The report claims that Netanyahu’s government defused an earlier antisemitism controversy when Musk went after Jewish megadonor George Soros.
Diaspora Affairs Minister Amichai Chikli defended Musk after the tech billionaire had drawn fire from Israel’s Foreign Ministry and the ADL.
Israelis in San Francisco said they intended to protest the meeting.
“It’s deeply disturbing that Benjamin Netanyahu, leader of the world’s only Jewish state, is flying across America to seek the counsel and support from a notorious enabler of anti-Jewish hate speech,” Offir Gutelzon, an Israeli tech entrepreneur in Silicon Valley, tells the Washington Post.
Netanyahu is also likely to face protests during his visit to the US by Israelis opposed to his government’s judicial overhaul.
Prime Minister Benjamin Netanyahu was among several people who gave testimony to the state commission of inquiry into submarine and naval vessel purchases that occurred under one of his previous governments.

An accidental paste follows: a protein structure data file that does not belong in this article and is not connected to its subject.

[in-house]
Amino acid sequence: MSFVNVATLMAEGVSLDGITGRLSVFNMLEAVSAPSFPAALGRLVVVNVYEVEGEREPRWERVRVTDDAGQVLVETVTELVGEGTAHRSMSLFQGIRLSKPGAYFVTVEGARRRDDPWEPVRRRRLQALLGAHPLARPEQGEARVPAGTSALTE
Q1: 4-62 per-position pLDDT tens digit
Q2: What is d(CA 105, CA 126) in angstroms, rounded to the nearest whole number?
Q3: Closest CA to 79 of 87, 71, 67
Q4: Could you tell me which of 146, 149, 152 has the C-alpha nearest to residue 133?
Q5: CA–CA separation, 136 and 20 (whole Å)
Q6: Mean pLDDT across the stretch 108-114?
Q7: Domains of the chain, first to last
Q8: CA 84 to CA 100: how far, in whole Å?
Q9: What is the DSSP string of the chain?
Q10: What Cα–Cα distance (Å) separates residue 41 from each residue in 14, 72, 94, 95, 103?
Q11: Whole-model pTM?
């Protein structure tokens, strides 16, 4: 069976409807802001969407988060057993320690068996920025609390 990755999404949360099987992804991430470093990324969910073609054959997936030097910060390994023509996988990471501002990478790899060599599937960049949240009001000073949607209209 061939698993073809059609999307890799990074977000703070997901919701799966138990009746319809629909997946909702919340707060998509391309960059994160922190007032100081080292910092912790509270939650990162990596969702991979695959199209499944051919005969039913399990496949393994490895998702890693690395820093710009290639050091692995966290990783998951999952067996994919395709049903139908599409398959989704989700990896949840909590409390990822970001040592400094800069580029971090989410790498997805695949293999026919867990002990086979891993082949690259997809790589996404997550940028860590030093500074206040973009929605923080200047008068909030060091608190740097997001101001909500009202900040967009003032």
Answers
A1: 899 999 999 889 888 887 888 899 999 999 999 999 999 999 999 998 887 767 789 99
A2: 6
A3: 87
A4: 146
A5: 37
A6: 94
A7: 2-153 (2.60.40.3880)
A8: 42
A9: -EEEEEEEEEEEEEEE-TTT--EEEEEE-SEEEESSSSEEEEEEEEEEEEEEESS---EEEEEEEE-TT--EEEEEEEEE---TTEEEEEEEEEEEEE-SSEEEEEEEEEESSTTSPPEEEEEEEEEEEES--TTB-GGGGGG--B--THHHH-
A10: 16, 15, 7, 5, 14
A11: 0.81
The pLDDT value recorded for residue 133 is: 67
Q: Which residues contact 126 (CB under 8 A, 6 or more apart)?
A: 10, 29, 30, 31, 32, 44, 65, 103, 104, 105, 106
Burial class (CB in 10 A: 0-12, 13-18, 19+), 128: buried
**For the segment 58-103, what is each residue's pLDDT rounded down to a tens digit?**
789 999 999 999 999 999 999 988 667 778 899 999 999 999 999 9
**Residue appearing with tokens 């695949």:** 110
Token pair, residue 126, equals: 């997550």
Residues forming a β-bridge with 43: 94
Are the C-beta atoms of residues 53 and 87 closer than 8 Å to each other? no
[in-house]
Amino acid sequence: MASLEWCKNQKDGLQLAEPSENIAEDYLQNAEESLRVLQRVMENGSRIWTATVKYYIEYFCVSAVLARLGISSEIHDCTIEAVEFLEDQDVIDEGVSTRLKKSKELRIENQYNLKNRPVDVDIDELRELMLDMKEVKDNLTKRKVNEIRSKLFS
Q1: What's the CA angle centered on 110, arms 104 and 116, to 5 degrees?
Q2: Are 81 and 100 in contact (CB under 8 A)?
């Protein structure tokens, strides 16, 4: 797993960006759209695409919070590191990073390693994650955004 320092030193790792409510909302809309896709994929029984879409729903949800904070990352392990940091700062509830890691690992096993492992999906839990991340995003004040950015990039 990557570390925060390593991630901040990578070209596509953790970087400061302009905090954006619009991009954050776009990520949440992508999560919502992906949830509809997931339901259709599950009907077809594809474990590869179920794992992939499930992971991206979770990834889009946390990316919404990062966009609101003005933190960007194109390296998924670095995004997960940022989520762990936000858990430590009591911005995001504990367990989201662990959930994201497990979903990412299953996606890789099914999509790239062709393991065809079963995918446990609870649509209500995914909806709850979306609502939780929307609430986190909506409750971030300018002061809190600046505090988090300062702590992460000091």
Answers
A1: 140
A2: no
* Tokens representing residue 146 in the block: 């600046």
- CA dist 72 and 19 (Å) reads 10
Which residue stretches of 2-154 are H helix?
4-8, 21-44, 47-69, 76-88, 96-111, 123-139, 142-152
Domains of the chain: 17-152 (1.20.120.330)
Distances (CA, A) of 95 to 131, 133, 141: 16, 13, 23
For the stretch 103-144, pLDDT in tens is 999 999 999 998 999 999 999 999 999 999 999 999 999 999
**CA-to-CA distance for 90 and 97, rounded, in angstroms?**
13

Netanyahu’s name was listed among the names of witnesses and those who gave interviews in documents published by the commission.
Israel purchased the vessels from German shipbuilder Thyssenkrupp in a $2 billion deal that has been under scrutiny for possible corruption and bribery. Netanyahu was questioned by police in connection with the deal and several of his close associates were indicted for their involvement in the negotiations.
The commission was set up under the previous government of Yair Lapid and Naftali Bennett and was tasked with evaluating the procedures and decision-making employed by the political echelon related to the sensitive procurement.
The publication also said the committee was examing thousands of documents.
A state commission of inquiry is the most serious type of Knesset commission. Imbued with broad powers to call witnesses and compel testimony, it runs a quasi-judicial process that can result in recommendations for further action against both individuals and public sector bodies.